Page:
Standard of Exposure: Industry Opposition to OSHA

In 1978, John T. Barr of the Law Department for Air Products–an American chemical industry company–drafted a hearing brief on OSHA’s recently proposed regulations and its reach of power.

Founded only seven years prior to the submission of Barr’s hearing brief, OSHA (Occupational Health and Safety Administration) was established as a U.S. regulatory agency with the authority to inspect and examine workplaces. As this document demonstrates, OSHA faced pushback from industry groups who protested stricter regulatory policies and practices in the workplace since its beginning.

The drafted hearing brief begins: “I. There is no cancer epidemic.”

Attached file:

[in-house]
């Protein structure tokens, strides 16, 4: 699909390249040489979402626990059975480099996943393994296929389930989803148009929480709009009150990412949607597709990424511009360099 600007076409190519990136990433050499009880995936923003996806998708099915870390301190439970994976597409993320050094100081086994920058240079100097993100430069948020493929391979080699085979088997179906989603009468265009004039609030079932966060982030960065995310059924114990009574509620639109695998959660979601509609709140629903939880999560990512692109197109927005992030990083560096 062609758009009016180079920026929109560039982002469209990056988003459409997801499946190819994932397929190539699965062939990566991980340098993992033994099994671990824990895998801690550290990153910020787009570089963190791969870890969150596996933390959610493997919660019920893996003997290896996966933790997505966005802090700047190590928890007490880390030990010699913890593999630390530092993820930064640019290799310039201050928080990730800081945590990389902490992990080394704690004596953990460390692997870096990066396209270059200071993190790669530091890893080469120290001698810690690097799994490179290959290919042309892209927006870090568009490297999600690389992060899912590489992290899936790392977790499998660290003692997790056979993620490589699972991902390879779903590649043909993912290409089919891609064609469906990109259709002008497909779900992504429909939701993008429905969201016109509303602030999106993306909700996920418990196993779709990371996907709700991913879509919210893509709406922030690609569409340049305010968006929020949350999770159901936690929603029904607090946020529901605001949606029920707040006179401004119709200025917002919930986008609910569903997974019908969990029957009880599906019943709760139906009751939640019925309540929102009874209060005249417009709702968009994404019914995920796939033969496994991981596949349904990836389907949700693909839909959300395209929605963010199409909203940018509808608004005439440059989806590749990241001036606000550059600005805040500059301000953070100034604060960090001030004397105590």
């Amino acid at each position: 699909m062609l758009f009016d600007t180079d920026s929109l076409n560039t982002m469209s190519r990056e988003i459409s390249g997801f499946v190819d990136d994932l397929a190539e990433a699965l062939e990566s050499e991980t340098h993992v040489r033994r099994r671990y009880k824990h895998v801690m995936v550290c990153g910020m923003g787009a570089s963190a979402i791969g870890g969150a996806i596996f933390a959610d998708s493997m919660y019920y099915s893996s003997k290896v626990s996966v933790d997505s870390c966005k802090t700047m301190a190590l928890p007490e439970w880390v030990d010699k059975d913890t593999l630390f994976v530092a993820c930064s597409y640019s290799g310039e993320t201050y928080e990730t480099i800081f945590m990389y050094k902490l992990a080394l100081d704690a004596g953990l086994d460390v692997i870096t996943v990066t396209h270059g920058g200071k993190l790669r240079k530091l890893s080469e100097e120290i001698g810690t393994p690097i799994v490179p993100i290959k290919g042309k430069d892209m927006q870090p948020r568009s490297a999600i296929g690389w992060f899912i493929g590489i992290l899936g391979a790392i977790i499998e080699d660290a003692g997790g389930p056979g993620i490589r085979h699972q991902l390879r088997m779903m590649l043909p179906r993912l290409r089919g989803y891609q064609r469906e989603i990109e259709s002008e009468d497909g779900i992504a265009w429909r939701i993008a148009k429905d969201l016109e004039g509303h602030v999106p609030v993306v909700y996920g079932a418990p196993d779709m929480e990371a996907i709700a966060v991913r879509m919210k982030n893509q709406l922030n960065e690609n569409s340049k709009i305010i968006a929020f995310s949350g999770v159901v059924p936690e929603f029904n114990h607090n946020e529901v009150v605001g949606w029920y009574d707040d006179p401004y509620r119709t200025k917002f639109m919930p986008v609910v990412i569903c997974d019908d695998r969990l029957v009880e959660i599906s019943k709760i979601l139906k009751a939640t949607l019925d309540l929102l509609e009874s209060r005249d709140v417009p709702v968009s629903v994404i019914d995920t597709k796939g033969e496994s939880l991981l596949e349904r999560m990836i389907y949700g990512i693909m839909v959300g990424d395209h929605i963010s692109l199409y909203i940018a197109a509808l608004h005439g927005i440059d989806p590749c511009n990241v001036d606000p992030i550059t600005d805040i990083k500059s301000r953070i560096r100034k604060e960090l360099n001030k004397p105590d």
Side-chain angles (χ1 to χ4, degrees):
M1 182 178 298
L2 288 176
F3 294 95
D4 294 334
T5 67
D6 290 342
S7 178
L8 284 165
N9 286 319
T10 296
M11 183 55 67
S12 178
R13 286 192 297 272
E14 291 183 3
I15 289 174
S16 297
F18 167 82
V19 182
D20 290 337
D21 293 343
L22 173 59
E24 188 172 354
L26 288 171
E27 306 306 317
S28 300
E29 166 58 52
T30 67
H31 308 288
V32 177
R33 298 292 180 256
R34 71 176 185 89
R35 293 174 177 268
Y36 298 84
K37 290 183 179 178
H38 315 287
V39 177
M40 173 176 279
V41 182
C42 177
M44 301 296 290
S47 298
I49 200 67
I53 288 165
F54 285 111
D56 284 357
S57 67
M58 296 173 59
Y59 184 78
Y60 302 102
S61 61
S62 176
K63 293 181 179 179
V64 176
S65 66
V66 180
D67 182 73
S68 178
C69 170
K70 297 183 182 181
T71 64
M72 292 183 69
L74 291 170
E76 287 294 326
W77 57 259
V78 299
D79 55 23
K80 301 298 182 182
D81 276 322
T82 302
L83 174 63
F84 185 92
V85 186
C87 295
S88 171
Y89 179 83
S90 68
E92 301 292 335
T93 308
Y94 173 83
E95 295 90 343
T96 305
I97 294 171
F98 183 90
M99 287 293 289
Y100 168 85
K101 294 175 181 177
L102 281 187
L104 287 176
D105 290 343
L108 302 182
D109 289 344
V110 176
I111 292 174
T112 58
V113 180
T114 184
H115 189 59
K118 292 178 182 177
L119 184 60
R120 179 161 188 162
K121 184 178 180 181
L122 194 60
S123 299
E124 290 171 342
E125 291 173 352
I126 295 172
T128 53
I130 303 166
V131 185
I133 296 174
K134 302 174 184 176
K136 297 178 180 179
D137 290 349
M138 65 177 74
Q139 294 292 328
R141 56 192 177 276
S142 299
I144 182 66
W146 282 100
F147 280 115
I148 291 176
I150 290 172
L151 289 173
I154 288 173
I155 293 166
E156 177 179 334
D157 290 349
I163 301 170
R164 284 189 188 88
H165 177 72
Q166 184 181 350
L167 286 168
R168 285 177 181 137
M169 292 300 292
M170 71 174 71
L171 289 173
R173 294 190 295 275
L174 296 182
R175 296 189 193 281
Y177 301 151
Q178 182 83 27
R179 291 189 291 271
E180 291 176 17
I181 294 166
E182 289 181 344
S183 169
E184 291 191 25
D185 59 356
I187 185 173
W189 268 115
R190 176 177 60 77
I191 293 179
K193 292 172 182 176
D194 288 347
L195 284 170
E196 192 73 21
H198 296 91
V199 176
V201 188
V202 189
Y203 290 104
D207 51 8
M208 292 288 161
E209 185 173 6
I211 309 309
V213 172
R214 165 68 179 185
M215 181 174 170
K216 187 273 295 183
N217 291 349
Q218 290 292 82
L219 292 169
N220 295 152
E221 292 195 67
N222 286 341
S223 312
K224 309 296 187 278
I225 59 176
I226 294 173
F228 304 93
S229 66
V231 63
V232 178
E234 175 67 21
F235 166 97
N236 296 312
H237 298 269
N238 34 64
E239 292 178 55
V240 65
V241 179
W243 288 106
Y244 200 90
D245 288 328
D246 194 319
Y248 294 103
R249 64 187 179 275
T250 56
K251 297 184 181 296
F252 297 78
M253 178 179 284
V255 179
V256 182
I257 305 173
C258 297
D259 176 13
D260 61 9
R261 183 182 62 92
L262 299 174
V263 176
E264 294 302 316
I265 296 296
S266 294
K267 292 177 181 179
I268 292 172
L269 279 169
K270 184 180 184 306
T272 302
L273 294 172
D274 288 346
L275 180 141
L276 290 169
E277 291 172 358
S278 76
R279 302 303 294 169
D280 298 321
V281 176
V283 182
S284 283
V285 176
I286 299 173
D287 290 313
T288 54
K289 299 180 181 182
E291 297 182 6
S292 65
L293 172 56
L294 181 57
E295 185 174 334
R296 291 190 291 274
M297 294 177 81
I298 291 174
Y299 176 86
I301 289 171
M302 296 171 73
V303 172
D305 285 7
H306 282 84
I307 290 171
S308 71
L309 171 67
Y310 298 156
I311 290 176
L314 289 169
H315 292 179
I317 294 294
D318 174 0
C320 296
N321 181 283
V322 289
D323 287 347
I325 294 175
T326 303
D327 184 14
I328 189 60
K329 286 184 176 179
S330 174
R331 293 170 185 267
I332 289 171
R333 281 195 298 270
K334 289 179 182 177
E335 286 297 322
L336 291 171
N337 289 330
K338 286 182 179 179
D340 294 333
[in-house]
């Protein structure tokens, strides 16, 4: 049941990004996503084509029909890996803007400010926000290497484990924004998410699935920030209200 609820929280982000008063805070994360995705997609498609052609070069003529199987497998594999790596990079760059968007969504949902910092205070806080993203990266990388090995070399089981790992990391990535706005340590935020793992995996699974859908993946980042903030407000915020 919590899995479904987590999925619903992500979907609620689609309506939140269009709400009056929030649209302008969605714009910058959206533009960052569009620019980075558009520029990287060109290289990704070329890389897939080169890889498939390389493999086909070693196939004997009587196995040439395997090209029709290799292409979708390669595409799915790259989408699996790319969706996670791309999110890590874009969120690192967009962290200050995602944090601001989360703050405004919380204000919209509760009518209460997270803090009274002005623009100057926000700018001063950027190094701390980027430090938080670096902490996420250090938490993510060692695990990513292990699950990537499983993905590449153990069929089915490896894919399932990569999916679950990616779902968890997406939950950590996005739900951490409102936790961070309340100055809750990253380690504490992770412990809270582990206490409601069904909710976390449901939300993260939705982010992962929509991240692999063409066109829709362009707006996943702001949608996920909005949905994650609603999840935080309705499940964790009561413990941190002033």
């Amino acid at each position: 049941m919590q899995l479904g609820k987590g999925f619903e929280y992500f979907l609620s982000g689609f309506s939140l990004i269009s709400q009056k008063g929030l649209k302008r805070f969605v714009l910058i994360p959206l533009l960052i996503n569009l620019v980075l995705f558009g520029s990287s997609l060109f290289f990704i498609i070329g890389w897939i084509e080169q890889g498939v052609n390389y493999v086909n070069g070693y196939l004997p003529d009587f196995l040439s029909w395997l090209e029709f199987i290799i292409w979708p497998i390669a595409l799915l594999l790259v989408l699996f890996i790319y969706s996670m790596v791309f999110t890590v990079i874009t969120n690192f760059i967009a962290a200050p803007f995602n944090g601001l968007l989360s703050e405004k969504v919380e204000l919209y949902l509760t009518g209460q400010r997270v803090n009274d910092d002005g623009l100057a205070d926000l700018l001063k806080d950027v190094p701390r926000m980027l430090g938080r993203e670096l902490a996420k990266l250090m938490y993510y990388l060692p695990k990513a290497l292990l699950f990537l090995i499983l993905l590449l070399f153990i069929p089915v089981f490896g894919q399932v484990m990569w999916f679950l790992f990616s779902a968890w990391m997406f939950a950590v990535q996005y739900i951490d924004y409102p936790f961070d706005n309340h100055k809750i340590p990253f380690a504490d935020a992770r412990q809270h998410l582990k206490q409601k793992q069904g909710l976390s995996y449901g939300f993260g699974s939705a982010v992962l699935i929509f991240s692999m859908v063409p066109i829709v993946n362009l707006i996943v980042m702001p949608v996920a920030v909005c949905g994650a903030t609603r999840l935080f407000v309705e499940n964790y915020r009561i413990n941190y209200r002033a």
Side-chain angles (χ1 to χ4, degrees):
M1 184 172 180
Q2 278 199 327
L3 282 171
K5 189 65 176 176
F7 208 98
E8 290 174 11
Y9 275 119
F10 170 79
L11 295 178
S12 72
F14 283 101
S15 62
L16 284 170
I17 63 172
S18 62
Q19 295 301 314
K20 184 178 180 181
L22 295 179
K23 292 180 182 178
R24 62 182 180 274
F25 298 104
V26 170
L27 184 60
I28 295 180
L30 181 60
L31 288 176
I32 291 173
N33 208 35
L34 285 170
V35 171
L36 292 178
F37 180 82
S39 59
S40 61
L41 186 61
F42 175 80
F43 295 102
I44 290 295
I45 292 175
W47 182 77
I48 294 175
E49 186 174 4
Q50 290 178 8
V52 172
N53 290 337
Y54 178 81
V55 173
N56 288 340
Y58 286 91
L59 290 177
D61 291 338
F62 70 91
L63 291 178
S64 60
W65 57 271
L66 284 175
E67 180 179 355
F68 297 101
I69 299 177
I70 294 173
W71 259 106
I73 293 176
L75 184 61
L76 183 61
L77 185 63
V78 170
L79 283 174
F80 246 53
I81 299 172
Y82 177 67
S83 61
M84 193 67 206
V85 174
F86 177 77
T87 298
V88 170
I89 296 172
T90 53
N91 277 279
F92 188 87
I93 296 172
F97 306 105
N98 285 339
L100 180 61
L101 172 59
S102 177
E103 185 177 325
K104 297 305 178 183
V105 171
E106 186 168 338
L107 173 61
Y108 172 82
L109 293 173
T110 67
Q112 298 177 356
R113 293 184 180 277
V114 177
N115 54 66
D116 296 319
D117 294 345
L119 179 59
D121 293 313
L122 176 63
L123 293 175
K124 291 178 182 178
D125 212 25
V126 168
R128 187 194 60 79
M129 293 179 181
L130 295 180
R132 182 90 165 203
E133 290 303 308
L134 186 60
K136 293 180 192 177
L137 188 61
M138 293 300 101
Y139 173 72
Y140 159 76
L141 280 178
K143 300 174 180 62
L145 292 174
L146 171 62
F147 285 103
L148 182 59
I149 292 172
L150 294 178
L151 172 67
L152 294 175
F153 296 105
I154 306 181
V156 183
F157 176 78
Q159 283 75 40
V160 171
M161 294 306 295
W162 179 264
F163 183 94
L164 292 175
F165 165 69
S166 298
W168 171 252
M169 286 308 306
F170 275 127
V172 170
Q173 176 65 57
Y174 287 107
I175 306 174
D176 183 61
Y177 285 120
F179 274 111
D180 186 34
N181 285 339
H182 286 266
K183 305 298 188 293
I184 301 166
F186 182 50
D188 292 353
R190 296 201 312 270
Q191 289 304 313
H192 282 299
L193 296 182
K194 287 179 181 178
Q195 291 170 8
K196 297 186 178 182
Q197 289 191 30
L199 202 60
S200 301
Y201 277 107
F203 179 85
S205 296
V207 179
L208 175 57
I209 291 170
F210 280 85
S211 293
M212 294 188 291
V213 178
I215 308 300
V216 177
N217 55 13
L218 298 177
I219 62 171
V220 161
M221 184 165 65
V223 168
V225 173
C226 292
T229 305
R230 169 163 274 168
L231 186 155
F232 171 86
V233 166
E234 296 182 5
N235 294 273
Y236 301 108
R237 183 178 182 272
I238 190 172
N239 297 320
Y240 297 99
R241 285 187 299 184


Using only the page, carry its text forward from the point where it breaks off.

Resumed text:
With this denial of a “cancer epidemic,” Barr undermined the realities of occupational disease affecting workers in the United States which OSHA intended to prevent.


Barr also attacked the reach of OSHA with remarks such as “OSHA’s authority does not extend to promulgation of an inflexible “generic” rule for substances that are not uniform” and “The proposed regulation mandating a standard of no exposure if there are “suitable substitutes” is invalid, and should be abandoned by OSHA.”

Check out the full document here!